Note: Treatment at an outpatient clinic could cost an additional copayment or coinsurance to that facility.
How Much is a Medicare Part D Prescription Drug Plan
For Individual, Joint, or Married and Separated, see income specifics below. For those with higher income could pay more.
Your plan premium: $88,000 or less/$176,000 or less/$88,000 or less
$12.30 + premium: $88,000-$111,000/$176,000-$222,000/Not Applicable
$31.80 + premium: $111,000-$138,000/$222,000-$376,000/Not Applicable
$51.20 + premium: $138,000-$165,000/$330,000-$750,000/Not Applicable
$70.70 + premium: $165,000-$500,000/$330,000-$750,000/$88,000-$412,000
$77.10 + premium Above $500,000/Above $750,000/Above $412,000
For deductibles, copayments, and coinsurance, that will vary by plan.
What if I Choose a “Free” $0 Premium Medicare Advantage Plan?
You are still required to pay your Medicare Part B premium for a Medicare Advantage plan. These plans will often include a Part D prescription drug plan as well as bonus coverage for the following:
- Silver Sneakers/Fitness
How Much is a Medicare Supplement Plan?
All Medigap plans will vary based on age, gender, service area, and the plan selected. No matter the choice of the 10 standardized plans available, your premium will be in addition to the Part B premium.
Note: These plans do not include a prescription drug Part D plan. The advantage to a Medigap insurance plan is the freedom of no network, predictable monthly premium costs, and comprehensive health plan coverage.
What Medicare plans are available in New York?
Best for Network Freedom: Medicare Supplement
With Medigap policies, the monthly cost is higher, and premiums can change, but the health coverage is nationwide. For those that travel or may get care at a specialty center in another state, this plan is the best Medicare health coverage. Also, coverage options include no annual changes to the plan or referrals required for Medicare beneficiaries.
Best for Lowest Premiums: Medicare Advantage
PPO (larger network/no referrals): premiums for PPO range from $0 to $100 per month.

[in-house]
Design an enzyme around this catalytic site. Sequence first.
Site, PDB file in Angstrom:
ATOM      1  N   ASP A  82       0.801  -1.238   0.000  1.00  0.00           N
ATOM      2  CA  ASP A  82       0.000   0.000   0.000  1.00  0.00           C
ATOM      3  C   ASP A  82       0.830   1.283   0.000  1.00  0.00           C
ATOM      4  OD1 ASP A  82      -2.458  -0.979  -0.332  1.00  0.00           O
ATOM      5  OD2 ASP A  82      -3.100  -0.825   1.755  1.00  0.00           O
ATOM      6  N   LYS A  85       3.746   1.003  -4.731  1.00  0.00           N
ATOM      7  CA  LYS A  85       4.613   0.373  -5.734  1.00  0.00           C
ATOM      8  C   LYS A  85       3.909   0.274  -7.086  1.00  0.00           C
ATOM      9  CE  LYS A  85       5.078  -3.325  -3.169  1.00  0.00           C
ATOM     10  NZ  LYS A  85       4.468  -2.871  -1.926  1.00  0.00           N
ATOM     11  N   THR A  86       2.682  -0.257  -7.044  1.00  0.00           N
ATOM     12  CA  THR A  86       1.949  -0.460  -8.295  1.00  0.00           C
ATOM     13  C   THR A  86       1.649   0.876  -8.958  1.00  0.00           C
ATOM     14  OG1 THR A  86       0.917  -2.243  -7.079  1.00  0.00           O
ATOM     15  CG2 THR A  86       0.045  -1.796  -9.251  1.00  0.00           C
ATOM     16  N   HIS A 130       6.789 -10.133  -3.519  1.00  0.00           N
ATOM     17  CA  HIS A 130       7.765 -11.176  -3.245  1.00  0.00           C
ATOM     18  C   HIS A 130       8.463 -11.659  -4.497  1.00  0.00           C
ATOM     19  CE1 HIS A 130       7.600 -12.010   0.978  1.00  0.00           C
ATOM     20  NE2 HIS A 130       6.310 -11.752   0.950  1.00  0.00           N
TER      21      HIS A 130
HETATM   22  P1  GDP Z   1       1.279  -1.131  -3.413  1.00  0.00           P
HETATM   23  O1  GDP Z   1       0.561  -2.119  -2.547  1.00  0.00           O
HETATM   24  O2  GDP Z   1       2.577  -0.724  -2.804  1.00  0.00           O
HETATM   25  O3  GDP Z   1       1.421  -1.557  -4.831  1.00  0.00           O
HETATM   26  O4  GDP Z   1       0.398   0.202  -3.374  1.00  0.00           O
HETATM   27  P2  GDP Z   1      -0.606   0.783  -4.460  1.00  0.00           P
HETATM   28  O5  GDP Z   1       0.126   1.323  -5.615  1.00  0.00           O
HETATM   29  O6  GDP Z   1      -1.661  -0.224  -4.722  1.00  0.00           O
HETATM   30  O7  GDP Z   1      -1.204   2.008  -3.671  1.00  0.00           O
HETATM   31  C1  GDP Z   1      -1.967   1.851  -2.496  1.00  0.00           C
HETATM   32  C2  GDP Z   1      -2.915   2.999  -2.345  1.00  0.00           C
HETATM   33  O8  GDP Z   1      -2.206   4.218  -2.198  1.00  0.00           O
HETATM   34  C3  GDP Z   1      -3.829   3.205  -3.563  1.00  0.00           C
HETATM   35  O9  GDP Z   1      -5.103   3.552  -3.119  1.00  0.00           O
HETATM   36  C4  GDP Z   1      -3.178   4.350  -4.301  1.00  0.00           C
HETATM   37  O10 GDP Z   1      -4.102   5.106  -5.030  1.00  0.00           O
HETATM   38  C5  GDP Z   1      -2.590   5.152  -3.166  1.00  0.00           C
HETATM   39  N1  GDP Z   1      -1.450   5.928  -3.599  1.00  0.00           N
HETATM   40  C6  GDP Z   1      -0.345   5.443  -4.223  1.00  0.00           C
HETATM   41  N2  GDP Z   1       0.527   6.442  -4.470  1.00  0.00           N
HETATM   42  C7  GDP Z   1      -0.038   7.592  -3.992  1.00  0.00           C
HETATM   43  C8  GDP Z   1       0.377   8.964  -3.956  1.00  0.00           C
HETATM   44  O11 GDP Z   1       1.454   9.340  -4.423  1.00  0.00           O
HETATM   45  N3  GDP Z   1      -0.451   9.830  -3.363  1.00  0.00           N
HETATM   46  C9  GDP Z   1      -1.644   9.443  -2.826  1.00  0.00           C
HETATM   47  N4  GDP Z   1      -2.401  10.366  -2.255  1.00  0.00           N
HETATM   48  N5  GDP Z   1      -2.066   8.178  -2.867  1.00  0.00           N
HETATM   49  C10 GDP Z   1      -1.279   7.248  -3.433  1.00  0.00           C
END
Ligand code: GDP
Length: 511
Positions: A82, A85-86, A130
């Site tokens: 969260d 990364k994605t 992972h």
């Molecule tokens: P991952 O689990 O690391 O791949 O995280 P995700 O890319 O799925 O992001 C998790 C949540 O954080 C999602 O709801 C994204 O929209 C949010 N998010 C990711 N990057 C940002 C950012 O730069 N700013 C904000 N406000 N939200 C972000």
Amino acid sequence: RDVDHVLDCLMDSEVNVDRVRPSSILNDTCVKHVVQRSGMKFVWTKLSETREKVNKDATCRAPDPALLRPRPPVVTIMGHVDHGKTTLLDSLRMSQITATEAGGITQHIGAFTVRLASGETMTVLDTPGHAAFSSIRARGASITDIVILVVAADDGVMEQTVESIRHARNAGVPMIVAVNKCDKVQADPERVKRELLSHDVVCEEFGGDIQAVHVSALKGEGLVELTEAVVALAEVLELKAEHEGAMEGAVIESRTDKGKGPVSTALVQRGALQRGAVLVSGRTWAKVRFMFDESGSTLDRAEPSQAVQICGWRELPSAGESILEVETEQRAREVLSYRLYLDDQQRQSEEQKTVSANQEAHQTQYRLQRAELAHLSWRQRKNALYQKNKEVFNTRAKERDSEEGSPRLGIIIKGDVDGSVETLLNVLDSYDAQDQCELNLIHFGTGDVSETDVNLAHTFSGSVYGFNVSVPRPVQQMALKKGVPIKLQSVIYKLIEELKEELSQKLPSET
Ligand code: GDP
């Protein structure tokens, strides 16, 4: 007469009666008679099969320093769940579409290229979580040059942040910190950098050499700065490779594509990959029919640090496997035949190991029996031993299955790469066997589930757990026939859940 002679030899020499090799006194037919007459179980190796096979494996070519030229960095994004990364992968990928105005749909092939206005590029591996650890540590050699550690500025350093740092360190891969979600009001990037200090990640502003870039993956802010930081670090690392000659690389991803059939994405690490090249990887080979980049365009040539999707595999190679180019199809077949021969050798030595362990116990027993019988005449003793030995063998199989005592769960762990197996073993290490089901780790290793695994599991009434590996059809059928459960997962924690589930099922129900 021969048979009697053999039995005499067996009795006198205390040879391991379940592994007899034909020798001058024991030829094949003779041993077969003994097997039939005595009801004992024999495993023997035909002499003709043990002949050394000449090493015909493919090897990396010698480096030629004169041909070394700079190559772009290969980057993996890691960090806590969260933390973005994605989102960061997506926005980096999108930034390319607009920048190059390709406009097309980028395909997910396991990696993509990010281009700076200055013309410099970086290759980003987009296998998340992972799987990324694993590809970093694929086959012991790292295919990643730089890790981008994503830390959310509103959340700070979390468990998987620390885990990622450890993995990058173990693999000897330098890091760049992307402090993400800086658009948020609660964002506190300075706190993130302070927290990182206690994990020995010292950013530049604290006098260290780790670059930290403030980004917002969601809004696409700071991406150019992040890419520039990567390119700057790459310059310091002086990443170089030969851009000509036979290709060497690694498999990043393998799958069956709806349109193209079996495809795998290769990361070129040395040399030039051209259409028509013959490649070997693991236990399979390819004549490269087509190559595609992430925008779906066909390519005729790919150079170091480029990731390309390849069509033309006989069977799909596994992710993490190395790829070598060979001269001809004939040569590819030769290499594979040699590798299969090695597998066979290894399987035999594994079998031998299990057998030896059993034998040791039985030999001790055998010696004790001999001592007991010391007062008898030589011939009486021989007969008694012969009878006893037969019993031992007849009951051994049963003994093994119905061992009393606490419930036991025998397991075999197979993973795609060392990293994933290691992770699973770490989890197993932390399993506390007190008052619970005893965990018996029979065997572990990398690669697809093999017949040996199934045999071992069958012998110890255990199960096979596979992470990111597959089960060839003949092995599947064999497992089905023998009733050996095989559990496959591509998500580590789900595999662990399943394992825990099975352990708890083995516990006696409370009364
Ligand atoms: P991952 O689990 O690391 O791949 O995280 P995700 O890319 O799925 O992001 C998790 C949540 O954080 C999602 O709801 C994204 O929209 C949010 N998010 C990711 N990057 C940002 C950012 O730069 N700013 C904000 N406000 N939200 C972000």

HMO (smaller network/requires referrals): premiums for HMO are generally $0 per month.
Best for Low-Income or Health Conditions: Medicare Advantage D-SNIP
This is the best plan for individuals with a low-income or for those that have chronic health conditions.
Note: You can have Medicare AND Medicaid in your service area to help lower the costs of copays, prescription drug coverage, premiums, coinsurance, etc.
New York Medicare FAQs:
What is the income limit for Medicare in New York?
There is no income limit for Medicare in New York. For individuals ($500k)/joint ($750k)/married and separate ($412k), the Part B monthly premium is $504.90.
How do I apply for Medicare in New York?
There are three ways you can apply to the Medicare program: online, phone, and in person.
Phone: 1-800-772-1213 Monday through Friday 7 am to 7 pm. For the hearing impaired, 1-800-325-0778.
In person: Your local SSA office
Note: Medicare beneficiaries can also visit insurance companies to shop for Medicare health care plans.
When can I apply for Medicare in New York?
Your age and wellness will determine when you can apply for Medicare Part A and Part B. Centers for Medicare & Medicaid Services will not generally notify you as to when you can apply. Most will sign up for the Medicare program within the first three months prior to turning 65.
Where do I Apply for Medicare?
You can apply online with the SSA, by phone, or in person at your local SSA office. You can also visit insurance companies and speak with an insurance agent. At Policyguides, we can go through all the Medicare program parts and health insurance plans and help you choose the best coverage options for you.
What should I bring when applying for Medicare?
When you are ready to apply for Medicare, there are a few documents you will need. See below.
– Birth Certificate/Social Security Card/Proof of Citizenship
– Health Insurance
– Tax documents
– Military papers (DD214, etc.)
– Part B application
Is enrollment in Medicare mandatory at age 65?
Upon enrollment into Medicare Part A or Social Security, the enrollment in one triggers the other. You can’t have one without the other because they are linked. Medicare Parts B, C, and D (prescription drug) are optional, and enrollment can be delayed if you so choose for these coverage options.
Ready To Learn More?
If you’re a beneficiary of Medicare in California or if you’re going to be signing up soon, we can help you compare insurance plans and look for the best rates. Call us today to talk to one of our licensed insurance agents so that we can explain your plan options and help you choose a company with a 5-star rating.
- In New York, Medicare Advantage & Medicare Supplement plans are the most popular choices
- Your initial Medicare enrollment period begins three months before your 65th birthday and includes the entire month
- Apply for Medicare online, by phone or at a Social Security office in your service area.